1pm, maybe later, saw a guy on the floor, recognised him from the night before. I took a seat, my bum was cold, my mind filled with thoughts of home and what I’d done just minutes before, spilled a drink pounds down the sink. Gary, he was called, I perched beneath a money giving hole in the wall. For anything, in the world, and what he told; a hot chocolate was all he could afford, so I crossed the road & bought a burger & something hot in the form of chocolate and, back beside him, arms embracing, said goodnight to this stranger who, made my evening in his ask for nothing more and, nothing less than a cuddle in the street.
To sounds of spring’s warm evening through an open window.
Sometimes, it happens quickly; you have to catch it before the sentence has gone.
It’s dark out. I think I’ll stay awake until morning comes, waiting for the words to return.
The trains been cancelled from Newcastle; I was heading further North. The man sat next to me, in a white stripped shirt, swilled the last of the wine in his plastic glass and put it to his mouth. Red wine filled my nostrils as he did. He sighed, I smiled and the middle aged stags on the seats in front of mine raised their cans and crashed them into the man dressed as a black & white wigged superhero.
It’s Thursday afternoon at work. It’s raining outside, but it was nice, quite bright only moments earlier. I’ve been to the bathroom three times and noticed the soap in the dispenser running low for the first two, which got me thinking, perhaps I should write a note asking for it to be refilled; I refrained in fear of getting into routine responsibility for informing the cleaner of low-running soap. On the third trip, I looked in the mirror and down at the dispenser, where a post-it note was placed, for the first time ever, written in hand other than my own, ‘please refill the dispenser. Thank you’
My head’s hazy and my eyes are tired.
My legs are bruised but it’s bright outside.
Reading about India, surrounded by Indian tongue which I can’t understand and there’s one man who only seems to reply to the wife whom he’s facing, with the greenest eyes.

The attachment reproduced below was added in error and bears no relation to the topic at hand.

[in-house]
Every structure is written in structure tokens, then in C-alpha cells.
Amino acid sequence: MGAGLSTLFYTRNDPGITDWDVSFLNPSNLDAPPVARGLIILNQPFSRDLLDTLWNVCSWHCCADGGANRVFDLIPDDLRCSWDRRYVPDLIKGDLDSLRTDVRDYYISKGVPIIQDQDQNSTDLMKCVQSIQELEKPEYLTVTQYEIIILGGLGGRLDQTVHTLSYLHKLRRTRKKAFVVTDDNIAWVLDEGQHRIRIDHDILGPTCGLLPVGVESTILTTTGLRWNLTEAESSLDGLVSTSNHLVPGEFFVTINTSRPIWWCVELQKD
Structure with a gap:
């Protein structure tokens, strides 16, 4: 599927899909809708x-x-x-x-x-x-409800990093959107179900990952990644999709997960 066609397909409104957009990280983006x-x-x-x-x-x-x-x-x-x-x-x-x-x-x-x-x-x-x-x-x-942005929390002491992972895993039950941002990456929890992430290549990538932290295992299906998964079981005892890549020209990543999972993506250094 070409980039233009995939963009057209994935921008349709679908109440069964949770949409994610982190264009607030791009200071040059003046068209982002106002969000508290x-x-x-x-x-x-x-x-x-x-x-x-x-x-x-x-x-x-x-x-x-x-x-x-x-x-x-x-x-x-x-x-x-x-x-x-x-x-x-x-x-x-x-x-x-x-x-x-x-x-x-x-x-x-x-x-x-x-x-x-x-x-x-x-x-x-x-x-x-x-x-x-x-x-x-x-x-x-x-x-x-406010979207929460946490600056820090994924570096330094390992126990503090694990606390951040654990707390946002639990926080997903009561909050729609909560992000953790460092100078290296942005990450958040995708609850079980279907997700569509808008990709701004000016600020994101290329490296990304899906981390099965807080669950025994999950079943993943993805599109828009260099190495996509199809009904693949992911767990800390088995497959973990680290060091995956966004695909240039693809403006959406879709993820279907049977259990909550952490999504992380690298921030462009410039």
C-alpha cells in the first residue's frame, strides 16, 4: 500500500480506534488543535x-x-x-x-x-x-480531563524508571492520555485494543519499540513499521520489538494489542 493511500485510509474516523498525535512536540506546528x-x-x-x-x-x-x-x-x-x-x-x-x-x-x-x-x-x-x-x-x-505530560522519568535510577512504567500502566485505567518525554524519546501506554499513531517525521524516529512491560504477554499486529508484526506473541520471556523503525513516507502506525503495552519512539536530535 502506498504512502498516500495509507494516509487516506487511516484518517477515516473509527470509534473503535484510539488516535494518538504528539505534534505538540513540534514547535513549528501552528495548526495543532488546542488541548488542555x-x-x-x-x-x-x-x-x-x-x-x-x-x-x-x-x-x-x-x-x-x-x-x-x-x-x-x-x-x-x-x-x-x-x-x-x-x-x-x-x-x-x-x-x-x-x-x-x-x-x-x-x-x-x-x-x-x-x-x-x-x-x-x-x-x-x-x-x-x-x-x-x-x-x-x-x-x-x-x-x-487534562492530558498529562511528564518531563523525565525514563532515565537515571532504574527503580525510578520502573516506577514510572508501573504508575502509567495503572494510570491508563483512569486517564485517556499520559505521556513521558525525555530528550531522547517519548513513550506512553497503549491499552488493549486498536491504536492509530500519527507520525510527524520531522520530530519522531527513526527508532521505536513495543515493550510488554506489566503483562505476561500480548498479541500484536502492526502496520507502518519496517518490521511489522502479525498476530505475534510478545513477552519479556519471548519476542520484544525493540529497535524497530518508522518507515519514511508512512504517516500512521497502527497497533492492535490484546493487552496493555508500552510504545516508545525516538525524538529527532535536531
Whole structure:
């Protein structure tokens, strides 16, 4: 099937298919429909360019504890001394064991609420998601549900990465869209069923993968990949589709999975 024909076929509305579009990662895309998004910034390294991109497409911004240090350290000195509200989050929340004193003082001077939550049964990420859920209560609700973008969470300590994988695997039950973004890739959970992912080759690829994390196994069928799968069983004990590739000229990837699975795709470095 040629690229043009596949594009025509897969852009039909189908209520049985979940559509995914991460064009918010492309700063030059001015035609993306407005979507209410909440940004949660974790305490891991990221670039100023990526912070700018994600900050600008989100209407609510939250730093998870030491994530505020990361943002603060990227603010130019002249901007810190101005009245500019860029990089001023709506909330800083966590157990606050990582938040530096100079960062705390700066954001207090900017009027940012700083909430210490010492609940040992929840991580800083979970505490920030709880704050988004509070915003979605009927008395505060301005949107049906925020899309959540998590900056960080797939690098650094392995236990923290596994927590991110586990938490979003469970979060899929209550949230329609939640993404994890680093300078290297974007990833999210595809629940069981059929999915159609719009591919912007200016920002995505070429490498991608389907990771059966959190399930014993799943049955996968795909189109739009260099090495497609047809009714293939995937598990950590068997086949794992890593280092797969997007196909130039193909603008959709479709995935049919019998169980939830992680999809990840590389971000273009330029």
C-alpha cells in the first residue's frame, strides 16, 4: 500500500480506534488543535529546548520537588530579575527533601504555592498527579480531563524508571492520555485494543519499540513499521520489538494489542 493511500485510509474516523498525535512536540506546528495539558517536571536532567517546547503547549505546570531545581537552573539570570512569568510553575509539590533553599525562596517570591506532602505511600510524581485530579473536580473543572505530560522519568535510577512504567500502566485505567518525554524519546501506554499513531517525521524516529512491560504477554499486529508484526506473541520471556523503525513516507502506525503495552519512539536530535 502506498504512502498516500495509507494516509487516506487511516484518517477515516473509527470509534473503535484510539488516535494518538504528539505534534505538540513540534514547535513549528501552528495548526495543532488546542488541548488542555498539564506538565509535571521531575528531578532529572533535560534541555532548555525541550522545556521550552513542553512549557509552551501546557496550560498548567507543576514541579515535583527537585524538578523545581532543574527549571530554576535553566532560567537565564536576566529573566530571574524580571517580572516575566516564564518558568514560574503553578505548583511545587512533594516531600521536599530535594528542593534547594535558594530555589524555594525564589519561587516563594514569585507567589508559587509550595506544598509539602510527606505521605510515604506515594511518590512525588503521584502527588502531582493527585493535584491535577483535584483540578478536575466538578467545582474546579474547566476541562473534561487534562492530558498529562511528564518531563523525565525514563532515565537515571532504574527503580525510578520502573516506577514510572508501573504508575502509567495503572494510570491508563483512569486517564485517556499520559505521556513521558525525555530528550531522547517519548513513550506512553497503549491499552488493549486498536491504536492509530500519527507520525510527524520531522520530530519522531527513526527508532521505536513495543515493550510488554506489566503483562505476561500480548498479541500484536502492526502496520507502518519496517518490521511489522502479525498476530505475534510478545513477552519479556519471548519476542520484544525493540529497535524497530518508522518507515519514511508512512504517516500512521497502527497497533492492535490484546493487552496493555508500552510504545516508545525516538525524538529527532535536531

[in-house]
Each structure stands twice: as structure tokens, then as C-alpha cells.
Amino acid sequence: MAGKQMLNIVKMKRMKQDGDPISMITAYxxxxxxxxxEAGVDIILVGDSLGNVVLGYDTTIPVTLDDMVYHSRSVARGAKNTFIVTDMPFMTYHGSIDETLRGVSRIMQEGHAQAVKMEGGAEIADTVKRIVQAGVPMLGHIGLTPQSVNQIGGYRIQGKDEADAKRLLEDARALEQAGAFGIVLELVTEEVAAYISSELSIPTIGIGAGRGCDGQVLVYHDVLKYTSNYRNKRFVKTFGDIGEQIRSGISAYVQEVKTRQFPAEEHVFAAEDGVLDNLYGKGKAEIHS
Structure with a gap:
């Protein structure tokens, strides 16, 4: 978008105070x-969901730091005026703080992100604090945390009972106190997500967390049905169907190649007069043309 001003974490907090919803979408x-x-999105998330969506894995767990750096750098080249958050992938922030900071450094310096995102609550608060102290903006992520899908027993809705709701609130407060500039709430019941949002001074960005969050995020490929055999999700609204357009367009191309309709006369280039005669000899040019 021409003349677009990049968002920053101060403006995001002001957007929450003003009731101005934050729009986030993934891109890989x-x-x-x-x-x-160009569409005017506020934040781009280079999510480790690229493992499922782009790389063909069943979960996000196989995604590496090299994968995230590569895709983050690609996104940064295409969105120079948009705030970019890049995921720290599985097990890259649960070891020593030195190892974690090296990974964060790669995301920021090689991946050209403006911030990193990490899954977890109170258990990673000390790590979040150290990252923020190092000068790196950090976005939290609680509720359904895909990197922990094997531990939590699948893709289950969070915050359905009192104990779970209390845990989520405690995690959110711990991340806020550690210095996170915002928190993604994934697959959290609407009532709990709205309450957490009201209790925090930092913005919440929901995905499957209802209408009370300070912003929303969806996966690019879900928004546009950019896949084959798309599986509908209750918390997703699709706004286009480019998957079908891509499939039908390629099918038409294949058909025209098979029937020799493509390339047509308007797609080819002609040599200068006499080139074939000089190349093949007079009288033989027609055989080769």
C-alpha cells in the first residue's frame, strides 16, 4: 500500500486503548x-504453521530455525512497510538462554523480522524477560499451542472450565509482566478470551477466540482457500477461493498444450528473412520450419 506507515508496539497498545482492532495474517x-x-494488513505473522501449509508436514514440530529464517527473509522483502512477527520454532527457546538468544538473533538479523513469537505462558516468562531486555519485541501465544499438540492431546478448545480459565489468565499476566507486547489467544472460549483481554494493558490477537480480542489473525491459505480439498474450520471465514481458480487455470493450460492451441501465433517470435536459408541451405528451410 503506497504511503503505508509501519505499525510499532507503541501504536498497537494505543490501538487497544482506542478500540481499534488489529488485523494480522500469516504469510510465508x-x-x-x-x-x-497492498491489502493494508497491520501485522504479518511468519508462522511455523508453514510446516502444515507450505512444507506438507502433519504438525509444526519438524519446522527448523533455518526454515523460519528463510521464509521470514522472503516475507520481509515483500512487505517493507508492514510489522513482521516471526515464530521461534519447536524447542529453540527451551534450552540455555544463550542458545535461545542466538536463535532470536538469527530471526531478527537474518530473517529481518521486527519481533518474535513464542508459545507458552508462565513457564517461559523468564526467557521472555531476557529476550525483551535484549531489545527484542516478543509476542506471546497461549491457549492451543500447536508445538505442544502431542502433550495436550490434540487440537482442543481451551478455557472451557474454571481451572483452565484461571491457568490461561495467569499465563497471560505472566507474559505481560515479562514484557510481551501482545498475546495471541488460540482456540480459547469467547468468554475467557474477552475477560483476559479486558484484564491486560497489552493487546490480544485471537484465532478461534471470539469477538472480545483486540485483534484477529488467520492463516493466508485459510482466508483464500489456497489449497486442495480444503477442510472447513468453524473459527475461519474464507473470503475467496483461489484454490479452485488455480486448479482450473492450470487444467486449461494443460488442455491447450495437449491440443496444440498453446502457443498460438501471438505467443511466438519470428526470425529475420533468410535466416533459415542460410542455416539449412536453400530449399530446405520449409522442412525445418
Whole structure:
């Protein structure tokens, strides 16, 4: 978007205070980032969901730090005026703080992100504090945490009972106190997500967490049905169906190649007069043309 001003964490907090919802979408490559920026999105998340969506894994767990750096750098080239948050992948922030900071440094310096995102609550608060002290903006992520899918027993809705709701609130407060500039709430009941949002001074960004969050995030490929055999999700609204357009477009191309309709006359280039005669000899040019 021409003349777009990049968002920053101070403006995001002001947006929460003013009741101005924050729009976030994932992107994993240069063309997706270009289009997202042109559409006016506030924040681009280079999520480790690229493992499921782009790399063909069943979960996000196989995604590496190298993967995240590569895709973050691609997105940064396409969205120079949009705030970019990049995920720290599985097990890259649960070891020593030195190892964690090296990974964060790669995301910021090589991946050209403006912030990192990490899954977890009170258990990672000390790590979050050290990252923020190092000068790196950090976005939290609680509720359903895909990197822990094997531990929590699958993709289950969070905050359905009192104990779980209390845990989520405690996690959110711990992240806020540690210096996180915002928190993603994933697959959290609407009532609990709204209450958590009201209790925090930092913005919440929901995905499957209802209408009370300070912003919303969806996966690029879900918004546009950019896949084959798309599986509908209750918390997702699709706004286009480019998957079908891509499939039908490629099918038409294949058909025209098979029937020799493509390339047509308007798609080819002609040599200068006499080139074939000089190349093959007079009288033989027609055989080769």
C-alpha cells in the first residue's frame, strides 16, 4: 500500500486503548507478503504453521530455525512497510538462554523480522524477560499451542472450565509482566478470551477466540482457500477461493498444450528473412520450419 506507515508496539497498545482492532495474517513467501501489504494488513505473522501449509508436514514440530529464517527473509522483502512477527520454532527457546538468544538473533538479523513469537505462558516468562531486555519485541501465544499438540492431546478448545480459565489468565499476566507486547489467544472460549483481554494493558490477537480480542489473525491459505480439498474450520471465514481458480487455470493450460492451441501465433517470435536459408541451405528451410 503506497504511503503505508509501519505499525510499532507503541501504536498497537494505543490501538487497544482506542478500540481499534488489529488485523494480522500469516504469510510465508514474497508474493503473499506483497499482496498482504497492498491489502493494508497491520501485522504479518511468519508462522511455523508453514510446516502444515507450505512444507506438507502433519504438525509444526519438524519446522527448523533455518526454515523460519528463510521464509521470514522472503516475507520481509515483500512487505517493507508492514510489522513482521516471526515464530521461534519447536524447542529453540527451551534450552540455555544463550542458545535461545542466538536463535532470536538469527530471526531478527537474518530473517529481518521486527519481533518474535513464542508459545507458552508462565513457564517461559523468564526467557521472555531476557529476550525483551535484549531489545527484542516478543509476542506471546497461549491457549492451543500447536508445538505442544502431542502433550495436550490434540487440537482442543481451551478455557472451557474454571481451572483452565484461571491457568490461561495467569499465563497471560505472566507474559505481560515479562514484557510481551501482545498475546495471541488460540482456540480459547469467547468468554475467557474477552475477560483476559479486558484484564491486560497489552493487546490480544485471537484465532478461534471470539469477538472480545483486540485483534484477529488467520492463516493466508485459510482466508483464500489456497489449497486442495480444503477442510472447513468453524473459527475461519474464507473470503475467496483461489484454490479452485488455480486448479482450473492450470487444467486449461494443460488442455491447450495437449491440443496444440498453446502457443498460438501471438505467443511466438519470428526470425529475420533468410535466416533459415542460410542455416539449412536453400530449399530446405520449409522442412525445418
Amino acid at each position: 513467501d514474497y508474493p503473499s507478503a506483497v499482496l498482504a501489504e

Sigur Rós played. The morning after and I’m on the train to work, floating, imagining my body in the ocean, ears under water, engulfed in music.
Morning light, train journeys through the countryside and Fleetwood Mac singing my morning to life.
My mum looked at me, and laughed, quite lovingly.
‘But what do you expect? You’re from a family of free spirits.’
between worlds of absolute purity and calm, and it’s opposition of sugar, alcohol and everything crazy.
A woman on the train looked to her companion, sighed and stated, she couldn’t do this every morning.
I was stood in the queue, eight or so items balancing carefully in my hands and under my arms - I’d politely turned down the offer of a basket from a gentleman who was walking around with just one tin of cat food in his. A woman with matted brown hair and knee high boots stood next to me, just a few inches away, surprisingly light on her toes for a 6pm shop at Tesco. She signaled to a man at one of the self-service tills, who in return waved the shop assistant over and as it perfectly scripted, the woman light on her toes made out of the shop’s open door with two bottles of something in her hands. I watched her disappear into the dusk as a smile crept upon her male companions face.
And from nowhere, from an unknown playlist, that song and every strum on the strings, reminded me of you. You, who I haven’t seen for so long.